MailChimp is a good free option for starting off (you have to pay once you reach a certain number of subscribers) if you don’t plan on starting with affiliate marketing. For me, I like to be prepared ahead of time and would rather already be accustomed to ConvertKit before it’s necessary.
I started writing my about/first post and jotted down a few article title ideas about a year ago. But the real content planning and work began in the six months before launch.
I only had three articles published, and three almost finished drafts when I launched.
Although I didn’t have a lot of content written out, I had a lot of content (months’ worth) planned out. I talk about what I wanted to start with and the concept I had for my blog here. To get that content I created a survey which you can learn about here with eight questions that I would base my content for the first few months around.
I used SurveyMonkey to create my survey. I had branding and a link to my website at the beginning and end of the survey. The link led to my site with a “Coming Soon” page that gave you the option to enter your email address to be notified of the official launch of my blog. I used this to collect email addresses of those who were interested in ReachingSelf or wanted to see the results of the survey.
I did a little bit of promotion before the launch of my site.
I hosted a party with the help of my mom. A part of me just wanted a party as a personal victory celebration. Another part of me wanted to use it as a way to promote.
The invitation was made about two weeks before the launch, but the party was scheduled a few days after the launch. I launched on Monday, July 16, 2018, and hosted the party on Saturday, July 21, 2018.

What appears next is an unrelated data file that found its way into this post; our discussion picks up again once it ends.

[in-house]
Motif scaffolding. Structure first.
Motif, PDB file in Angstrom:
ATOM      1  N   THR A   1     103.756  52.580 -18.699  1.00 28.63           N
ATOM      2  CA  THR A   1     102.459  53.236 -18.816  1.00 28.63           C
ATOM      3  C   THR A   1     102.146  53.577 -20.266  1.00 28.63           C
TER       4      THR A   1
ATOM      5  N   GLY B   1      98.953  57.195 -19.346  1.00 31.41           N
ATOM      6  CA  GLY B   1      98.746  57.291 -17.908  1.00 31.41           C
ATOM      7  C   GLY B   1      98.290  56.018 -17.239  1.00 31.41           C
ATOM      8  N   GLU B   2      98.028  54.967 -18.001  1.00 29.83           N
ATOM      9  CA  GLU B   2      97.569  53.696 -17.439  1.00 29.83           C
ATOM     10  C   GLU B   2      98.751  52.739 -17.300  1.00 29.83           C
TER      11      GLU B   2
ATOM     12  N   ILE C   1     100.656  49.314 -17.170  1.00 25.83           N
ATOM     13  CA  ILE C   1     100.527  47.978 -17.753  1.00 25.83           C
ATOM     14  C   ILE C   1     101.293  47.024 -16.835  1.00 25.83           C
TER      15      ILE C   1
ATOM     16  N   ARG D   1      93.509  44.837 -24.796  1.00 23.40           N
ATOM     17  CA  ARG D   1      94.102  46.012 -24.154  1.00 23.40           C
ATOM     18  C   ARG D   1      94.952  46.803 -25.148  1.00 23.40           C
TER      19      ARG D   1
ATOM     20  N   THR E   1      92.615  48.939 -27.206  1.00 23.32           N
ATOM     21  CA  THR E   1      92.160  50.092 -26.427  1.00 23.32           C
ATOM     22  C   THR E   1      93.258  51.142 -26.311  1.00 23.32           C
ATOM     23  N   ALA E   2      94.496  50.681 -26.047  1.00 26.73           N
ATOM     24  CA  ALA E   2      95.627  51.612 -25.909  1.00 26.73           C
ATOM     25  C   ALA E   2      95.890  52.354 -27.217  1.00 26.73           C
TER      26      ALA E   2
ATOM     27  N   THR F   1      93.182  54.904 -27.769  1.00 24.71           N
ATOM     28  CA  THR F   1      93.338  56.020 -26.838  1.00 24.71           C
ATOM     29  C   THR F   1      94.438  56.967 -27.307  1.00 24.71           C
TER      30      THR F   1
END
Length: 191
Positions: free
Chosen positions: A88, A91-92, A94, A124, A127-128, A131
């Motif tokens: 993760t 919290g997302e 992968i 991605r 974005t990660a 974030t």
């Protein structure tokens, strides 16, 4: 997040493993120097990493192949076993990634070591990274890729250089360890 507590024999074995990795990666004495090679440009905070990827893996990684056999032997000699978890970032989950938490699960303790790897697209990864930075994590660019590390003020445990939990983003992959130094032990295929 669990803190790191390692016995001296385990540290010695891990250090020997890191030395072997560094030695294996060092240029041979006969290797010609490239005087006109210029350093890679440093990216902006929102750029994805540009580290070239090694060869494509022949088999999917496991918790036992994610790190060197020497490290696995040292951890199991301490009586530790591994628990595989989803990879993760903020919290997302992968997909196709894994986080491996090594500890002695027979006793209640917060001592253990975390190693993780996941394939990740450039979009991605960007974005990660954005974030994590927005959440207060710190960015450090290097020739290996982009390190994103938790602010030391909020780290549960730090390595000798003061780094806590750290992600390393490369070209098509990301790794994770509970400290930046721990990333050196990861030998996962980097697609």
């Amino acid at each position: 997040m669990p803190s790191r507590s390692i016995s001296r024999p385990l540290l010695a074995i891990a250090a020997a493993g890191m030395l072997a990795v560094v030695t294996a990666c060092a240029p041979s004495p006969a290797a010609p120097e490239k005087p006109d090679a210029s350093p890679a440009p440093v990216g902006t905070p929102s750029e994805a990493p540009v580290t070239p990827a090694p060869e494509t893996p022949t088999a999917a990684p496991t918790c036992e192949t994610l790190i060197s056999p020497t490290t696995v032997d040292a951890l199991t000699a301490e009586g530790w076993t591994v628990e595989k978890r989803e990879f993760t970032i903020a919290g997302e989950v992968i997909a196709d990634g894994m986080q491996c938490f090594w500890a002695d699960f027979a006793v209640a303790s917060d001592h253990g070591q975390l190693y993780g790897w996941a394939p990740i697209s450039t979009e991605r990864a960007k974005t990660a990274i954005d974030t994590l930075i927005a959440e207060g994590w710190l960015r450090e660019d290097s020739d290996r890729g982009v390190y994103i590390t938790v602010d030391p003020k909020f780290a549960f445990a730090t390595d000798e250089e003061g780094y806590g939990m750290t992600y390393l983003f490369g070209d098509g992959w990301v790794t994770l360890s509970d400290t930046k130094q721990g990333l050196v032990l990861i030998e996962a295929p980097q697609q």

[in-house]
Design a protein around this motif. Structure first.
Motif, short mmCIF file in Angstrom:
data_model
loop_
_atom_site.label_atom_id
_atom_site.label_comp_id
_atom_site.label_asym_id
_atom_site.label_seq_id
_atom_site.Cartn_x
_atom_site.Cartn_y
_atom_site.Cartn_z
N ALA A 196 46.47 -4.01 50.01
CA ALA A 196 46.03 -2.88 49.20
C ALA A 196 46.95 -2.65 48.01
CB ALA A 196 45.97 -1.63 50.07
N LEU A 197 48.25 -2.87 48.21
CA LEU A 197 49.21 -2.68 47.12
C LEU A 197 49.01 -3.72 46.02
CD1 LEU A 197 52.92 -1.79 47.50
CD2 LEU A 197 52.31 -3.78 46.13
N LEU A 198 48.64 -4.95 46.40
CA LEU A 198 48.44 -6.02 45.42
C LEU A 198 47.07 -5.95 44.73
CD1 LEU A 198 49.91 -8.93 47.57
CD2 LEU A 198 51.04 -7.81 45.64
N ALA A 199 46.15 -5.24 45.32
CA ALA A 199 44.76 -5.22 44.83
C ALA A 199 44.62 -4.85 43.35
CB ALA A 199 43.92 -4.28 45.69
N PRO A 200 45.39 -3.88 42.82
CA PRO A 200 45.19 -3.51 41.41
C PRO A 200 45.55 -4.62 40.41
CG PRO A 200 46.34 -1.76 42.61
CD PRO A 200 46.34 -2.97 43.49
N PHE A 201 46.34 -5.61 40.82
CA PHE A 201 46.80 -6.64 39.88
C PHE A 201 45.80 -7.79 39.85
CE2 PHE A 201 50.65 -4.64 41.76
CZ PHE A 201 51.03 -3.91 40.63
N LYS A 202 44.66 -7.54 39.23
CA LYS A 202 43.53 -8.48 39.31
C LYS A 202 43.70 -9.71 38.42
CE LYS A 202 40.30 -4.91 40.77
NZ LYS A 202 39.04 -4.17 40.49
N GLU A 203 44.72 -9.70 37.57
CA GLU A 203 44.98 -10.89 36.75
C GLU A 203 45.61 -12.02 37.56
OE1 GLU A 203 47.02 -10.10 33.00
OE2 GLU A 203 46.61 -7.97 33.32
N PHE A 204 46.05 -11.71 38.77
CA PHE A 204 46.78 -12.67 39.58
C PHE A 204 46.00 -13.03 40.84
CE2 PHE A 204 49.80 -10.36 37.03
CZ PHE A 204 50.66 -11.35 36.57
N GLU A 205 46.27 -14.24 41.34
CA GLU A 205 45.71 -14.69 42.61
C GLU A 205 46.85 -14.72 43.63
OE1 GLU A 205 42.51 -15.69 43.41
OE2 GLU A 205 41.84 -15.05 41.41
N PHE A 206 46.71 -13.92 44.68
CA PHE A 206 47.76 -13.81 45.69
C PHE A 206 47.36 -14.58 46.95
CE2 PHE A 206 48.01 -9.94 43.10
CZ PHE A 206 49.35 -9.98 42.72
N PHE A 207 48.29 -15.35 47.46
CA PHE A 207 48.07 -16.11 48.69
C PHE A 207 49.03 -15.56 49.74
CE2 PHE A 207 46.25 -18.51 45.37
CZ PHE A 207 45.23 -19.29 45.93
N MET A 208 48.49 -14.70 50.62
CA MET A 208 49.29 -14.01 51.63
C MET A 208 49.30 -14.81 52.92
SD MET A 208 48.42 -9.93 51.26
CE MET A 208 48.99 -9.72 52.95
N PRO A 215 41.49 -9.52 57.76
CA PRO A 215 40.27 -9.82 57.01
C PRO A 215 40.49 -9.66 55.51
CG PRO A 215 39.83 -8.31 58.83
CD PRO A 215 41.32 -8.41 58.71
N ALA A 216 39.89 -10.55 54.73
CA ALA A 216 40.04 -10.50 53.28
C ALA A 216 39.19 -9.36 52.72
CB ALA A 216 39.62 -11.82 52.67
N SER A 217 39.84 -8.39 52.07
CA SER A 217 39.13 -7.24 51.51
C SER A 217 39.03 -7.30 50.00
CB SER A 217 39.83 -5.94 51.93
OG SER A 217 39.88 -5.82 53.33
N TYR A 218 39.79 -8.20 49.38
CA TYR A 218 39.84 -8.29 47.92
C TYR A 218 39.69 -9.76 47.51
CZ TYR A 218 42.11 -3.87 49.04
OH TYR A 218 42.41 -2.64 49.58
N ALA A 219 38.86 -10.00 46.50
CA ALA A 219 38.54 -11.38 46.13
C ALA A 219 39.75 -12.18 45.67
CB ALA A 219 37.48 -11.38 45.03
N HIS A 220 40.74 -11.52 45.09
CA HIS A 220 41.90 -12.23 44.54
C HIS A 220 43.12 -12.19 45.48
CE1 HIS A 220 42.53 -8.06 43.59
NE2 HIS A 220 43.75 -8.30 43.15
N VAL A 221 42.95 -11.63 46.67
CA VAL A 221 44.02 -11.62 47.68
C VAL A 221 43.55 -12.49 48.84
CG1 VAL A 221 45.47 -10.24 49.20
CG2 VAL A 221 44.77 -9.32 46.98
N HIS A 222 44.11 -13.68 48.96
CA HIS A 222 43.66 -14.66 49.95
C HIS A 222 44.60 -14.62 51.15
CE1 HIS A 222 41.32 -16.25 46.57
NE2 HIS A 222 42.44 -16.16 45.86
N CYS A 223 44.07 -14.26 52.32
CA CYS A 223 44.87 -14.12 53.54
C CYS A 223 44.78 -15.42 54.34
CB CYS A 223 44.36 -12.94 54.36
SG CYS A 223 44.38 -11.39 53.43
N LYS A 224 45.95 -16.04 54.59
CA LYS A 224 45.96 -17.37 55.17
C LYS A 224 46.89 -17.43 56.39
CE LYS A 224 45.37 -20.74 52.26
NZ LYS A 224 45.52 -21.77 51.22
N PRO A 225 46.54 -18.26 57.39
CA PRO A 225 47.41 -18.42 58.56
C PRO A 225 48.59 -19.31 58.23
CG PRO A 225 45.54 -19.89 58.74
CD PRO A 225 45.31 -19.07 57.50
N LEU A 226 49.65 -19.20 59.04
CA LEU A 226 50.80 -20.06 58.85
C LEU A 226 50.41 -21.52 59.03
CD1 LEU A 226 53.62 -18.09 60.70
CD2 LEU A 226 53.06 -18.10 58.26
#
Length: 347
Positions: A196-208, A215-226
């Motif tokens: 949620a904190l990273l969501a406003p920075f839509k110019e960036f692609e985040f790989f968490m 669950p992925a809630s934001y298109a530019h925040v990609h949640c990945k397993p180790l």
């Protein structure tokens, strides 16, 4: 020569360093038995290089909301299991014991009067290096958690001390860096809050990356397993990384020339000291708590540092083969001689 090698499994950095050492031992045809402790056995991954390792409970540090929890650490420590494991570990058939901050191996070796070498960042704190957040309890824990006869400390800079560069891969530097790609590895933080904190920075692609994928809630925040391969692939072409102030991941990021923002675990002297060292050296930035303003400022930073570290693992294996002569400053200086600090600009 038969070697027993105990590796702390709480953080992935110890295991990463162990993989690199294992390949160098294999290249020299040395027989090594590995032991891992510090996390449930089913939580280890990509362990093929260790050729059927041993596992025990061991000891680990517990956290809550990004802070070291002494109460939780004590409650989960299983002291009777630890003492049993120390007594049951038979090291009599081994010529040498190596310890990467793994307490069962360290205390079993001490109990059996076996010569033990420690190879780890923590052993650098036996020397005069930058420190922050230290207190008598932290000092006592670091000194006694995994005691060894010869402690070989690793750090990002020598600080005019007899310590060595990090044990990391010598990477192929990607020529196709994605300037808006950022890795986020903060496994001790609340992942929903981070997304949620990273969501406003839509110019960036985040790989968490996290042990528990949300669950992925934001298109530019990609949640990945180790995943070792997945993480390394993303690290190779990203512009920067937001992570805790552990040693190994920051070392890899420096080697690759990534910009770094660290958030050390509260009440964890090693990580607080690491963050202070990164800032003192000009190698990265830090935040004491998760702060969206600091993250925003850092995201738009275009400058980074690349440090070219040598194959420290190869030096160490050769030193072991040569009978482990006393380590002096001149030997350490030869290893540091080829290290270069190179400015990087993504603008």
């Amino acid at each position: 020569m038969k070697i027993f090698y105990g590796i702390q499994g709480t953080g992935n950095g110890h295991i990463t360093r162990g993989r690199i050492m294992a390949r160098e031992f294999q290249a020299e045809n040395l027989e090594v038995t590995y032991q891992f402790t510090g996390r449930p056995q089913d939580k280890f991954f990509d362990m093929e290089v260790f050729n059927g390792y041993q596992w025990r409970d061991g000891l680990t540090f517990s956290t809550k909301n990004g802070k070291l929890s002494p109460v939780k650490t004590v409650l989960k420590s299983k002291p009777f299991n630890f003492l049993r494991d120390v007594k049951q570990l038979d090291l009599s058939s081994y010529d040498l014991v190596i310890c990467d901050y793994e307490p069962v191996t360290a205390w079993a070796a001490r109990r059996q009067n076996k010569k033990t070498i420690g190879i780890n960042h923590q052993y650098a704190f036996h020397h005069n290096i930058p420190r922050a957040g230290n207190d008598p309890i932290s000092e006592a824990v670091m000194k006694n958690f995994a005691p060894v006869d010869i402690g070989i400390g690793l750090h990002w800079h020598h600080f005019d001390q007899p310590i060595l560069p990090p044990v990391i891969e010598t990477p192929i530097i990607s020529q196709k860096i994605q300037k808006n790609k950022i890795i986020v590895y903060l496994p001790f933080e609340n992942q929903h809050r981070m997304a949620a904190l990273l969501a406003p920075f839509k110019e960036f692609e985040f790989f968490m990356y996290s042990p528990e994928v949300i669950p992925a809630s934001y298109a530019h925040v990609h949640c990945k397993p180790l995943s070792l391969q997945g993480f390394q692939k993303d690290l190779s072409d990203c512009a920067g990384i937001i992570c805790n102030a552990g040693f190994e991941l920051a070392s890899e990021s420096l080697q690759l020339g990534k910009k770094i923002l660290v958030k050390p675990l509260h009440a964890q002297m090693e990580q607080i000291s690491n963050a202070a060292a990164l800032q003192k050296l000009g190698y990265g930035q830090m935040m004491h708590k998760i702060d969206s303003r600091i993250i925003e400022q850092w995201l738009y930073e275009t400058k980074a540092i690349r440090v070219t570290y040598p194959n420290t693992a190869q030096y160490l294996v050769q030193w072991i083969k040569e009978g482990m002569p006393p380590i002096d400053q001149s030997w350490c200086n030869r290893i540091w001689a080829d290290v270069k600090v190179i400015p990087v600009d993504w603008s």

I came up with an idea to have a prize giveaway for one lucky subscriber that was invited to the launch party. The prize giveaway was decided to be a one-week free stay at a beach house in Costa Rica my family owns. I feel that doing this was a mistake which I share below.
The party itself was quite something. I’d never hosted a launch party before, and I’ve never been to any form of launch party before. The party was fun, and I was so happy and grateful to have family and family friends and a few new friends supporting me and celebrating this milestone with me. Some people are not as fortunate to have support from loved ones.
I’m not very popular as I only have about two close friends of my own. But my mom is quite popular, so we invited many of her friends many of whom I consider close family friends. So, many didn’t exactly seem to be my “target market.” That didn’t concern me though. I just wanted to celebrate and get the word out in the meantime. If it resulted in at least one person that fit my target, then yay!
There were a few people that showed up who I didn’t know and came not knowing what the party was about. One person came up to me telling me happy birthday. To my pleasant surprise, those who found out and read a bit on my website gained interest in it. I did receive a few weird comments and suggestions. I was aware that most people don’t understand blogging all that well or see it as a business. For instance, one woman shared her confusion with me as to why I majored in business instead of psychology with the kind of blog I’m starting.